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7

The year of student-powered journalism

“Stepping into the void left by constant layoffs, newsroom closures, and media consolidation, college students will provide news and information of great import and interest on an unprecedented scale.”

In 2020, the boots — or high-top sneakers — on the ground will be increasingly owned by student journalists covering social and political issues affecting communities and states. Stepping into the void left by constant layoffs, newsroom closures, and media consolidation, college students will provide news and information of great import and interest on an unprecedented scale.

Academic institutions will continue to become local journalism hubs, particularly in news deserts where there is no daily news outlet or in areas with diminished coverage. The uptick in enrollment in journalism programs will fuel this trend.

Watch for expanded community and investigative reporting as well as longform storytelling being published across English-speaking and bilingual platforms alike. Watch for election-year political coverage through the lens of a younger demographic.

Watch for further investment in online news services (like Fresh Take Florida, NNS, and CNS) by alumni, foundations, and supporters of a free press. Watch for the creation of newsletters, podcasts and special reports focusing on local neighborhoods and people.

All of this and more will be powered by college students guided by educators, who were once stalwart professionals who moved from newsrooms to the academy.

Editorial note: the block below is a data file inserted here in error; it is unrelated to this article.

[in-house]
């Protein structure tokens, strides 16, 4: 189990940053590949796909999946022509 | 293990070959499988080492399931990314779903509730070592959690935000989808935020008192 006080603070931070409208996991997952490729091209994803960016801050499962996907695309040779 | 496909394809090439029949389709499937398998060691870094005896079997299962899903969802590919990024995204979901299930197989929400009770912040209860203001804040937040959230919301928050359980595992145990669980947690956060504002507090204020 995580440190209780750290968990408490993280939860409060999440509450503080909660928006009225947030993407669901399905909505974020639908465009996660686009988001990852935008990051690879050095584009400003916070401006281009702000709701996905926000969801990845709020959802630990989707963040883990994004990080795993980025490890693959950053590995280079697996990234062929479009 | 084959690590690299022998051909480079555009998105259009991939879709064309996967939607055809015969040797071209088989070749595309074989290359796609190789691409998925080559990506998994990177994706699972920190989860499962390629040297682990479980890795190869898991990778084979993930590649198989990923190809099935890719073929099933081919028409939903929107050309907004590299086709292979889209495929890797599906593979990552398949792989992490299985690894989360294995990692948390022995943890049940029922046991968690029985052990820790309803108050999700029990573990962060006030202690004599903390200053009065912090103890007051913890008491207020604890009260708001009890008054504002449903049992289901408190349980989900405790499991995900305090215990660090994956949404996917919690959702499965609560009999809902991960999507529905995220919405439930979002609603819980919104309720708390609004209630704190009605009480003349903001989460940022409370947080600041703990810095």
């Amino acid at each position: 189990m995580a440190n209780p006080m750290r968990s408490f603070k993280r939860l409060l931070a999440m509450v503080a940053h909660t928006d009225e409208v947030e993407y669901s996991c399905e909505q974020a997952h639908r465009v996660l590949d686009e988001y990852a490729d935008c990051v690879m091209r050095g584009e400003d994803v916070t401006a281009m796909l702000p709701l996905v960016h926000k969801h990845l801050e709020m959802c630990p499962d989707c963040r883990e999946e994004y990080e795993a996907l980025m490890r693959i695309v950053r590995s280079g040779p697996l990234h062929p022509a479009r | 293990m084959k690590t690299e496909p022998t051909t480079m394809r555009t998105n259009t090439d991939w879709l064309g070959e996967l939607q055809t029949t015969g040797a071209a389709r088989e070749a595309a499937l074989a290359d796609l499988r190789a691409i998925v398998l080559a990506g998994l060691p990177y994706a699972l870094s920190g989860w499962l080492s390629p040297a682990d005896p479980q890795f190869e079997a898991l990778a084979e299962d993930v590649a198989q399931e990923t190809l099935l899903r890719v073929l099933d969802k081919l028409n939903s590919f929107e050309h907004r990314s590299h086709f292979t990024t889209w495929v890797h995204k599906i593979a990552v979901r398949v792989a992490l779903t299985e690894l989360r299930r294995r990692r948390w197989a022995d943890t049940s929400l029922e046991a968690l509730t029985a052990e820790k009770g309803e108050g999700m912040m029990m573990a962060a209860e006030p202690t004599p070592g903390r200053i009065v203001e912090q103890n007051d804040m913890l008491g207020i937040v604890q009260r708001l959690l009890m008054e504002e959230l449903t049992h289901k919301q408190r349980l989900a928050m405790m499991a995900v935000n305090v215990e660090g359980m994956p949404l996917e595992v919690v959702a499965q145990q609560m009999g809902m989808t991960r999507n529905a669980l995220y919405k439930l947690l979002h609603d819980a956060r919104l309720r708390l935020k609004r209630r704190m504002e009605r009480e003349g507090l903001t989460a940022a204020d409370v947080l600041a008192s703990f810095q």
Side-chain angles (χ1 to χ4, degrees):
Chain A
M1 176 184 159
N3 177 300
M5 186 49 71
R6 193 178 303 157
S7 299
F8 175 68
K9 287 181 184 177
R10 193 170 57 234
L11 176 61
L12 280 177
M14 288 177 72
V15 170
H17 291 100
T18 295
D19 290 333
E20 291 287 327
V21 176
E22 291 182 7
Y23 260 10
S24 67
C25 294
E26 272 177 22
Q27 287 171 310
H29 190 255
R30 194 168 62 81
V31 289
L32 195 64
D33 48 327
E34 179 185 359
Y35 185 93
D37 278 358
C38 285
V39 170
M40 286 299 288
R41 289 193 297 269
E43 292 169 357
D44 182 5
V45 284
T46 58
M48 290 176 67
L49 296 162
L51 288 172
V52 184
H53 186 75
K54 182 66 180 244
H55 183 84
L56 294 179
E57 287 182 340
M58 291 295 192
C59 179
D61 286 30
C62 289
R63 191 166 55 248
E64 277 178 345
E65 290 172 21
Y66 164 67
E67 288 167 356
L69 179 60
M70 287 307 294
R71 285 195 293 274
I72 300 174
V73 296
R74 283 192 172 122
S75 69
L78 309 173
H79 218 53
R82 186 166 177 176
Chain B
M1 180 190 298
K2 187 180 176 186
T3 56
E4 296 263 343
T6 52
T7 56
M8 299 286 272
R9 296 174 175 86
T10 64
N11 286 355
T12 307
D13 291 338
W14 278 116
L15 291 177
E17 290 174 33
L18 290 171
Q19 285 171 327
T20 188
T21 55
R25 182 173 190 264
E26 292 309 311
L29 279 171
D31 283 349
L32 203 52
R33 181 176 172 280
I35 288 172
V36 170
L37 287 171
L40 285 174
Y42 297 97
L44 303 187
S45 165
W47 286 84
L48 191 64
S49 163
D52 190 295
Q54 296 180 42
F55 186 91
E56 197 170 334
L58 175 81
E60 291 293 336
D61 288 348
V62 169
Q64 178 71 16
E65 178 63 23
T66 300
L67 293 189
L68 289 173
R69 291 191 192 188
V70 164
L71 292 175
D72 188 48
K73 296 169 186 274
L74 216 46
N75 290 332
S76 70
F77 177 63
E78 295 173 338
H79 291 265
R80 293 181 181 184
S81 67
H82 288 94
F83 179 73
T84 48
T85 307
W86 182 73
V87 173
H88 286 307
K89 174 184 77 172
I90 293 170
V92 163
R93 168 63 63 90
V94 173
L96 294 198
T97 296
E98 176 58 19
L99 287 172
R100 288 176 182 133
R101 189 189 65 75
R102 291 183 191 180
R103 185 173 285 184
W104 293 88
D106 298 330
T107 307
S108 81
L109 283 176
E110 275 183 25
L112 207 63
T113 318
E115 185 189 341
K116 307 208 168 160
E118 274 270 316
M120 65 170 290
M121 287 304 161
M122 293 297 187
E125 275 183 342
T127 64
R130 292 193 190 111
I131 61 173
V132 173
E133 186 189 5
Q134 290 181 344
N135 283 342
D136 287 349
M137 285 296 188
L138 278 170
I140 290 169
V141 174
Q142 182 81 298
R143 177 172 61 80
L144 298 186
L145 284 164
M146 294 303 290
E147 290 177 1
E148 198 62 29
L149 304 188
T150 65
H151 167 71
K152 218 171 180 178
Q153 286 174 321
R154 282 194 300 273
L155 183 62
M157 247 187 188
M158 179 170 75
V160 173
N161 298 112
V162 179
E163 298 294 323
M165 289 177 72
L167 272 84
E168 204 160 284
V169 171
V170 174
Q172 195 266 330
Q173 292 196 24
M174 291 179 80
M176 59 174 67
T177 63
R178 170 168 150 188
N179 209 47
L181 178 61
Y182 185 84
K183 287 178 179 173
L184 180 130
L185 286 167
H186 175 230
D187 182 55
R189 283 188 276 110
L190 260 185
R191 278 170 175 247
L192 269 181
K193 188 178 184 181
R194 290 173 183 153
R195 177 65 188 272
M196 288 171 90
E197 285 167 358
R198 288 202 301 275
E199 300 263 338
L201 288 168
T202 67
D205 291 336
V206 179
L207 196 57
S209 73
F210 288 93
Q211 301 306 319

As we enter a new decade, expect this to be a golden one for emerging journalists as they report, write, produce, and disseminate stories like no other generation. Look to your left or right while on assignment to see a young reporter from the area college, standing there with a press pass, recorder, camera, mobile device, and/or pen and pad, covering that big news event or routine city council meeting.

Students won’t just be learning how to hold power accountable — they’ll be doing it.

Mira Lowe is director of the Innovation News Center at the University of Florida’s College of Journalism and Communications.

In 2020, the boots — or high-top sneakers — on the ground will be increasingly owned by student journalists covering social and political issues affecting communities and states. Stepping into the void left by constant layoffs, newsroom closures, and media consolidation, college students will provide news and information of great import and interest on an unprecedented scale.

Academic institutions will continue to become local journalism hubs, particularly in news deserts where there is no daily news outlet or in areas with diminished coverage. The uptick in enrollment in journalism programs will fuel this trend.

Watch for expanded community and investigative reporting as well as longform storytelling being published across English-speaking and bilingual platforms alike. Watch for election-year political coverage through the lens of a younger demographic.

Watch for further investment in online news services (like Fresh Take Florida, NNS, and CNS) by alumni, foundations, and supporters of a free press. Watch for the creation of newsletters, podcasts and special reports focusing on local neighborhoods and people.

All of this and more will be powered by college students guided by educators, who were once stalwart professionals who moved from newsrooms to the academy.

As we enter a new decade, expect this to be a golden one for emerging journalists as they report, write, produce, and disseminate stories like no other generation. Look to your left or right while on assignment to see a young reporter from the area college, standing there with a press pass, recorder, camera, mobile device, and/or pen and pad, covering that big news event or routine city council meeting.

Students won’t just be learning how to hold power accountable — they’ll be doing it.

Mira Lowe is director of the Innovation News Center at the University of Florida’s College of Journalism and Communications.

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